#Roadto2030: Search for Game – Changers
Global changes are challenging the way we mobilize for change. It’s not time to exit, but it is maybe last moment to change the way we play together. Young people can be powerful agents of change and contribute with transformative solutions.
Last year at the Peace and Sport Forum I met Shirin. She has it all – pure brain, light in her eyes, wise message and a brilliant smile. Shirin is a young Iranian female triathlete. Being Iranian female triathlete introduces a different way of playing the triathlon game; someone would say a challenging one. Yet, Shirin has found a path through as country’s first female triathlete participating in the sport’s world championship. Through the practice of sport, everyday she is a step closer to finding solutions that aligns with her cultural and religious beliefs.
Today, more than ever, it is essential to demand to stakeholders the inclusion of young people when designing policies. “You have unlimited power, unlimited authority, legitimate prerogative to raise your voice. Make your governors, mayors, national assembly members – even professors, coaches and business communities – make them accountable,” said Ban Ki-moon, Secretary General of the United Nations referring to the role of youth to implement the UN 2030 Agenda.
I am part of a generation that can and should bring a change in this world, still when we look towards those to be followed; we see, for instance, board of European Olympic Committee with only one executive female member and no one under 35 years old. Especially at sport events, there is always one or no one female speakers invited to address topics as good governance, inclusion, and health in sports.
Currently, there are so many examples of youth creating a real change in the world. Michael from Germany works hard raising public awareness about refugees and asylum seekers. He has been searching how him as a person, his community, youth council and sport colleagues can play a role in supporting the integration, healing and aspirations of refugees. As an answer he has been developing an online sport dictionary that will be sensitive to refugees’ languages and languages from countries of transit for refugees. This tool will assist to build up inclusive and more understanding societies; coaches or facilitators would be able to welcome and include refugees in sport clubs, events or workshops.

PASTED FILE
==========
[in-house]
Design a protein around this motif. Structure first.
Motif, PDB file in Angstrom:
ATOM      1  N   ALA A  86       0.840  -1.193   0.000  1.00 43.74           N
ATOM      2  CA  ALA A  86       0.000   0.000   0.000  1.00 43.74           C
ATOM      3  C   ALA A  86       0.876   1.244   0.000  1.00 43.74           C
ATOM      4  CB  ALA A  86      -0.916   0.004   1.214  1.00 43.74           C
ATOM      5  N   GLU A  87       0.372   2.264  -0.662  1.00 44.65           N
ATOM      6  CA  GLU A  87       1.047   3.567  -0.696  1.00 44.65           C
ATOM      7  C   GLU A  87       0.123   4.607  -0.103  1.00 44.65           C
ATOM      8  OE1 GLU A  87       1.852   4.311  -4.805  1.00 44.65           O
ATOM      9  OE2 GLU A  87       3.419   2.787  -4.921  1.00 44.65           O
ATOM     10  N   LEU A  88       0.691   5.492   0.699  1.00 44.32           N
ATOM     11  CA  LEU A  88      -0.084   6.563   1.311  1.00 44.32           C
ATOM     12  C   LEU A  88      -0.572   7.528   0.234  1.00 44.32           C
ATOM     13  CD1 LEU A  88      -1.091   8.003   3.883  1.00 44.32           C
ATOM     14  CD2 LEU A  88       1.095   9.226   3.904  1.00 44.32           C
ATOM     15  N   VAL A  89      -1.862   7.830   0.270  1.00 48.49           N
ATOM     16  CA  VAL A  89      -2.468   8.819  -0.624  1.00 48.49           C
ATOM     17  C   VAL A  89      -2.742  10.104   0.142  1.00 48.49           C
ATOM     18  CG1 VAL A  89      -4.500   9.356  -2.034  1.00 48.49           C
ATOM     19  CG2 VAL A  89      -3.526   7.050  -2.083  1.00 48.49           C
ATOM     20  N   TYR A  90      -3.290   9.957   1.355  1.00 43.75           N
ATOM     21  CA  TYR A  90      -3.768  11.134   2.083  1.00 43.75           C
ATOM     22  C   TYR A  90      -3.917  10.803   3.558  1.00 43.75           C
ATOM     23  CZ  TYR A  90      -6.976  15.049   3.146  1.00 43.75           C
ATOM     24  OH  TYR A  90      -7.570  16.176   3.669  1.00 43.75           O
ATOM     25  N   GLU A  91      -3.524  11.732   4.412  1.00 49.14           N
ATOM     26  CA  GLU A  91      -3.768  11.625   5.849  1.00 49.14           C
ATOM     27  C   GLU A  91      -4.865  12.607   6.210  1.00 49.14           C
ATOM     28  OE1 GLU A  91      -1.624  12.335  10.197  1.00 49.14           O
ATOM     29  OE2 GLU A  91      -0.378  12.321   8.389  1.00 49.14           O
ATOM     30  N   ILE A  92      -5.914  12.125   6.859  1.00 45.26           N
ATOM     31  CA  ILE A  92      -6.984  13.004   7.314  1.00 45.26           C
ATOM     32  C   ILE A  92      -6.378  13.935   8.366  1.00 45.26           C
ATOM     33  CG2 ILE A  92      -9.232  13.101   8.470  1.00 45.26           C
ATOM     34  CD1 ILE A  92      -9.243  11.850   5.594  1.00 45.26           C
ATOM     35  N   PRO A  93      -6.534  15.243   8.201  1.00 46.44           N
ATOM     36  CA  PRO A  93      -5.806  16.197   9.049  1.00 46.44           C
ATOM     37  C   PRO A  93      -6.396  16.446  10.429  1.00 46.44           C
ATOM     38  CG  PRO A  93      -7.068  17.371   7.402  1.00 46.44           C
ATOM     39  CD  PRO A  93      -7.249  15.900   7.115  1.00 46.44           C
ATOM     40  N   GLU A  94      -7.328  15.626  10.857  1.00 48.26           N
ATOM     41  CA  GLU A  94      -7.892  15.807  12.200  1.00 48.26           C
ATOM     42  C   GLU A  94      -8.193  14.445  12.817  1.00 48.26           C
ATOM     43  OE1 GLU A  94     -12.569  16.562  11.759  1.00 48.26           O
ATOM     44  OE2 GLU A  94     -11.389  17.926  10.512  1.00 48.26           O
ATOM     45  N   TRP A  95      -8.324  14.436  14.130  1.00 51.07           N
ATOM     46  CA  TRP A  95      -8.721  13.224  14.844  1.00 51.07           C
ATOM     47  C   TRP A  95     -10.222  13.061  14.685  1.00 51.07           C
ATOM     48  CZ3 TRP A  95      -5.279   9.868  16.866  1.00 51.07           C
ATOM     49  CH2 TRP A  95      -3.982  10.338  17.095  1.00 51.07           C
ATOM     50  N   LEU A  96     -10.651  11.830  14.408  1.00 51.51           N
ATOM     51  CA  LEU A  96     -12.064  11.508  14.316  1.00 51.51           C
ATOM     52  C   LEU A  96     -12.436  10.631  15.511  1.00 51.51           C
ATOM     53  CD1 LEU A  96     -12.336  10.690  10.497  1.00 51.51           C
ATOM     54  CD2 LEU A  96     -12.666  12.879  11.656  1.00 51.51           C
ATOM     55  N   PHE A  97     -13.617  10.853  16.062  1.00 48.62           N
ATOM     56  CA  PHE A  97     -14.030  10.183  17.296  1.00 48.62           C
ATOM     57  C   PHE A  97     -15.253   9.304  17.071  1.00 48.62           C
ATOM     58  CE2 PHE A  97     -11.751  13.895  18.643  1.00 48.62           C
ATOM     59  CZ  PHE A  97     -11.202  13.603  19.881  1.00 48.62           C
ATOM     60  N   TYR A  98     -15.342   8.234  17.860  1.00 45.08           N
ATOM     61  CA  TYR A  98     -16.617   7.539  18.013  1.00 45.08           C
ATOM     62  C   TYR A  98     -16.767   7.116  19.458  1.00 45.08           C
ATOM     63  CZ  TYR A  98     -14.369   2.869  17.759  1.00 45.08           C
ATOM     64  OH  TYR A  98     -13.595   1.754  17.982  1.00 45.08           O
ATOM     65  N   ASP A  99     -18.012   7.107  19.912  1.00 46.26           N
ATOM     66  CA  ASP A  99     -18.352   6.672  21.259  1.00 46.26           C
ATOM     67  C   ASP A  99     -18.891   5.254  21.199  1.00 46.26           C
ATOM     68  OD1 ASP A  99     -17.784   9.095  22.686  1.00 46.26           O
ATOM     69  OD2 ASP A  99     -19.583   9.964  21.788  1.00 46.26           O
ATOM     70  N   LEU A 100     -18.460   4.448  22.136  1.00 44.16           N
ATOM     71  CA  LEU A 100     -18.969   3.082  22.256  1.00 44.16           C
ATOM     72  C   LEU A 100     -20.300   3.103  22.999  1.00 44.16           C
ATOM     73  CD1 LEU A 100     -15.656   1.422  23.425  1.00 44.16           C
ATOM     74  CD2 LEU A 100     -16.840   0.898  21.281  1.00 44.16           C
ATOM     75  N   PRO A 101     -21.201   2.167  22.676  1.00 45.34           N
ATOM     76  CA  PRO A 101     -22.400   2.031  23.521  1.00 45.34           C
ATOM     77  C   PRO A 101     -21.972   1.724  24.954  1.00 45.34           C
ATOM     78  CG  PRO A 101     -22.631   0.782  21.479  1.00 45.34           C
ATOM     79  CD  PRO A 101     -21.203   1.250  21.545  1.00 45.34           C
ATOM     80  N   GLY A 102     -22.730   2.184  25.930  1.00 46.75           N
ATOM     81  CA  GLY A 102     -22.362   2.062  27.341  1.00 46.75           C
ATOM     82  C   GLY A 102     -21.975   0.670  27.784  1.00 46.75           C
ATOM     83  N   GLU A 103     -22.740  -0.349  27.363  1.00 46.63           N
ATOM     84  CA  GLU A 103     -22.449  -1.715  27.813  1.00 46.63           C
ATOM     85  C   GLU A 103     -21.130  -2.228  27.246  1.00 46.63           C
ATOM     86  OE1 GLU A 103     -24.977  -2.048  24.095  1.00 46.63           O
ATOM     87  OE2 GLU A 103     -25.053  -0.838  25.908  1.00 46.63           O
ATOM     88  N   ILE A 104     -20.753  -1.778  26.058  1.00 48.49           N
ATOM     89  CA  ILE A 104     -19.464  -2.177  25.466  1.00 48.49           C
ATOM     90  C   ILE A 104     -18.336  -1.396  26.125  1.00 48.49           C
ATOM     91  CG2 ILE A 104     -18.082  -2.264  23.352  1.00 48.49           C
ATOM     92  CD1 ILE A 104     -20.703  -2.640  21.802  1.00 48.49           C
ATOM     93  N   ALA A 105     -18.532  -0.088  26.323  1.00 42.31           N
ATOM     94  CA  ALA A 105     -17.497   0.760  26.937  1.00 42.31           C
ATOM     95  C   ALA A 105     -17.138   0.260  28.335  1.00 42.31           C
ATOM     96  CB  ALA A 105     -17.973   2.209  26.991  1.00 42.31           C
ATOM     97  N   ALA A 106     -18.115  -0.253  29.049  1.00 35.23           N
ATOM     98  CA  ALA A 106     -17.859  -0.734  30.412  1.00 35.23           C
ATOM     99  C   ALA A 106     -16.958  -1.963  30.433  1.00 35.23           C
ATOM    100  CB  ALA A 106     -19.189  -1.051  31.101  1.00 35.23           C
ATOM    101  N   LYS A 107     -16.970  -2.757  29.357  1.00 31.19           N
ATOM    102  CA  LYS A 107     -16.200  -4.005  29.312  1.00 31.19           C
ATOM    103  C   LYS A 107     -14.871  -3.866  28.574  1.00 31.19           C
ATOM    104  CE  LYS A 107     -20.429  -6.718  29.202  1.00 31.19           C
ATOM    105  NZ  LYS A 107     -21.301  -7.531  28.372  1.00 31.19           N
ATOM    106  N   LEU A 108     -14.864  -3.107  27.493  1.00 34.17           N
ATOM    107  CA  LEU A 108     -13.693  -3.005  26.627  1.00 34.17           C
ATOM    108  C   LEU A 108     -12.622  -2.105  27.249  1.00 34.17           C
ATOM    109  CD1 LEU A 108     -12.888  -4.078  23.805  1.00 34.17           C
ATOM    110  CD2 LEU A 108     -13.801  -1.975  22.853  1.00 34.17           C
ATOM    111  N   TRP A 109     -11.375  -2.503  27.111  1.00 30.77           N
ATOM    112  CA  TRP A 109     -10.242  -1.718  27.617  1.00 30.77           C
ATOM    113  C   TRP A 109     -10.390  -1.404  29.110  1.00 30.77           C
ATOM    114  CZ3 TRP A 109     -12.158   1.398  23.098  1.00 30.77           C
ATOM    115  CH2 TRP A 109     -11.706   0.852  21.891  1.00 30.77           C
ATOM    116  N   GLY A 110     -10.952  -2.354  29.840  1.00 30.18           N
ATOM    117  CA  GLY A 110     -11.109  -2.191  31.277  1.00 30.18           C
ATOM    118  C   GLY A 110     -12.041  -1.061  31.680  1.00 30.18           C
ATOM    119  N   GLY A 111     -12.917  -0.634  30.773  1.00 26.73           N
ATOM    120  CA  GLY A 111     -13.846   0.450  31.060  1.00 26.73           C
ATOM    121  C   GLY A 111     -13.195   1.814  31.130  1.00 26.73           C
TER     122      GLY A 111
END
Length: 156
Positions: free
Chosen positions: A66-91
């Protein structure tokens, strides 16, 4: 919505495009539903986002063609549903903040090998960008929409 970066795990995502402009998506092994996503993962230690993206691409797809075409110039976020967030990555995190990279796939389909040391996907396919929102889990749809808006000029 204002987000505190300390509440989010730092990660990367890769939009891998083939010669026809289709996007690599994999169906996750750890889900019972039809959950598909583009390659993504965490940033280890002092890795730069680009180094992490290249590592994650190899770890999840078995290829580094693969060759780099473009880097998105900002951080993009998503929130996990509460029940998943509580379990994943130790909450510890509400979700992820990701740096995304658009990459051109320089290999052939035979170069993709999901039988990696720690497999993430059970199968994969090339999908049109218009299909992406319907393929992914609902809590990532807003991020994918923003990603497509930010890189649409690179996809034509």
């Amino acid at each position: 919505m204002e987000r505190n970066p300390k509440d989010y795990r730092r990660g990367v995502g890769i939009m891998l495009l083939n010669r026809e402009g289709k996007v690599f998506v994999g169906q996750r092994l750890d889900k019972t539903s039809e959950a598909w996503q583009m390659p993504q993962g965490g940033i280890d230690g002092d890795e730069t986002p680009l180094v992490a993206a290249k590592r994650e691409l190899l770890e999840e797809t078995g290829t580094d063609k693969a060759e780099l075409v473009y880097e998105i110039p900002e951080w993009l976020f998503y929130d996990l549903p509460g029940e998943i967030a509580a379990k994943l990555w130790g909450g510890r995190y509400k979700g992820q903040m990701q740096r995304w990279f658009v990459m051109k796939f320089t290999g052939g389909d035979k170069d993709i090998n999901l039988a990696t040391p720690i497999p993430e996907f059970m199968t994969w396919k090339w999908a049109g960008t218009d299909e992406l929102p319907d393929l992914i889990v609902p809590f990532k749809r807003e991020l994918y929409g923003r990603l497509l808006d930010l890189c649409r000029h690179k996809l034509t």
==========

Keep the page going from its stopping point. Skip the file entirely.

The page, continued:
#Roadto2030: Education at first
Donovan, from the Boston University, leads the Youth Science-Policy Interface Platform with a team of young game-changers from UN MGCY. This tool gathers the strengths, experiences, resources and inclusive multi-stakeholder methods for Sustainable Development implementation and understanding. In addition, this platform aims at highlighting any contributions of youth to sustainable development including evidence based on policy making/implementation or use of tech/innovation.
In the sport field, many young people are contributing remarkably. During the European Athletics’ Young Leaders Forum in Amsterdam youth presented the 3-year programme “Road to 2030” which is focused on exploring the implementation of global goals (SDGs) through sport. Participant in this program will attend events related to sports, youth and international development avenues aiming to collect recommendations from young attendees, no matter of their background and diversification.
Also the #SDGyouthsport toolkit, created by youth and for youth, will serve as guideline on how sport can be used to obtain sustainability and how sport can be more sustainable itself. Sport has an important role to play in achieving the SDGs and everybody can be part of it by signing up and joining the #Roadto2030 initiative via email@example.com
Back Youth Yourself!
I believe that the world needs decision makers who will work today, now and immediately, not for young people, but together with young people. World School Sport got a new presidential leadership and they will start the first school sport’s youth council. This space will give voice to young people to directly shape and innovate agendas, as it is for over 15 years a good practice in European Non-Governmental Sports Organization. These decision makers in sports were brave and smart enough to invite youngsters to join the table and speak up!
Today I remember some of the questions-warnings that young leaders of my age or so raised during the European Athletics’ Young Leaders Forum: what is the greatest obstacle between you and the (Olympic) medal? I still hear an echo of their calls to action: Hey you, help me stop teenagers from quitting doing sports! We need to answer those questions; we need to be the answers. Youth have unlimited power to change the way game is played. Remember Shirin from Iran; she is running to show that impossible is actually possible, and this universal rule applies to all countries, to all people. Ne quitter pas today, towards 2030 and beyond!